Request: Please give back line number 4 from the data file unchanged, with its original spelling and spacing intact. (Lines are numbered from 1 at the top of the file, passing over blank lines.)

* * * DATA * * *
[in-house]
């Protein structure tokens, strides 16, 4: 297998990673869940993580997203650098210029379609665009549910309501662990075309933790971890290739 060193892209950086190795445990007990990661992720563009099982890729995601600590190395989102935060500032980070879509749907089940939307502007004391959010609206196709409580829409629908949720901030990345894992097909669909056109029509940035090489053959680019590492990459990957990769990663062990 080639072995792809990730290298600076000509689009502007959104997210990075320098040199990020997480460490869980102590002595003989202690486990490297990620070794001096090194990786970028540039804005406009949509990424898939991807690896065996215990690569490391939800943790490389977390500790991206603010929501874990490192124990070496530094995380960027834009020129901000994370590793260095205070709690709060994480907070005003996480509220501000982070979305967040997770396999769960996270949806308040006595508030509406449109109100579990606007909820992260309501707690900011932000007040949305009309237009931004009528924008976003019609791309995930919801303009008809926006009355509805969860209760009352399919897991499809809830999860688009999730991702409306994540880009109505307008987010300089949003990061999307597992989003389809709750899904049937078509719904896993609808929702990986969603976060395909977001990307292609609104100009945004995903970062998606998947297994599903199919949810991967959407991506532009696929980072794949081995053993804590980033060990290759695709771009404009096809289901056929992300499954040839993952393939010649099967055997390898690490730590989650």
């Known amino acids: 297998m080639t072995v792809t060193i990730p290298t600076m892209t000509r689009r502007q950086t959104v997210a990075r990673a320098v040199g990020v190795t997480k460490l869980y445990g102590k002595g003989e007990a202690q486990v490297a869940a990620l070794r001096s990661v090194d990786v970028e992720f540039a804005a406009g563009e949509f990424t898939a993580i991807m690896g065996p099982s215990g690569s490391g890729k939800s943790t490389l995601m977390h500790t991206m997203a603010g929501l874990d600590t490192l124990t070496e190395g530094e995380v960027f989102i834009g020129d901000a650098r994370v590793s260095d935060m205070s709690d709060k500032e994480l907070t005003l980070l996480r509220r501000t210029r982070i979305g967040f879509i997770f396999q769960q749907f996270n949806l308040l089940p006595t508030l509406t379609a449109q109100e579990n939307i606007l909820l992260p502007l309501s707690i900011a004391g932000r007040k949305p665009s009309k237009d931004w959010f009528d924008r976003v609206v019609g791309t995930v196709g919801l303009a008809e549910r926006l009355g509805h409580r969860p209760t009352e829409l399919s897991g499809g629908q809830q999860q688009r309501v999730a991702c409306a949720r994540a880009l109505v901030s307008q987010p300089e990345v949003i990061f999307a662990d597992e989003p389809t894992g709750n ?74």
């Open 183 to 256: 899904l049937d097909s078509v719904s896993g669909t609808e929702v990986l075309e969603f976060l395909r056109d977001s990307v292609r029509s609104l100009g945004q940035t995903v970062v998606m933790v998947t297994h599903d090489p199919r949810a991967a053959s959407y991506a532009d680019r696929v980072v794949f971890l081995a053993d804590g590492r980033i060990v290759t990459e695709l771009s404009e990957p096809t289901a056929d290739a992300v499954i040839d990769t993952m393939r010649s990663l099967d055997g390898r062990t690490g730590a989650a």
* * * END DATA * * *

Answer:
């Open 183 to 256: 899904l049937d097909s078509v719904s896993g669909t609808e929702v990986l075309e969603f976060l395909r056109d977001s990307v292609r029509s609104l100009g945004q940035t995903v970062v998606m933790v998947t297994h599903d090489p199919r949810a991967a053959s959407y991506a532009d680019r696929v980072v794949f971890l081995a053993d804590g590492r980033i060990v290759t990459e695709l771009s404009e990957p096809t289901a056929d290739a992300v499954i040839d990769t993952m393939r010649s990663l099967d055997g390898r062990t690490g730590a989650a």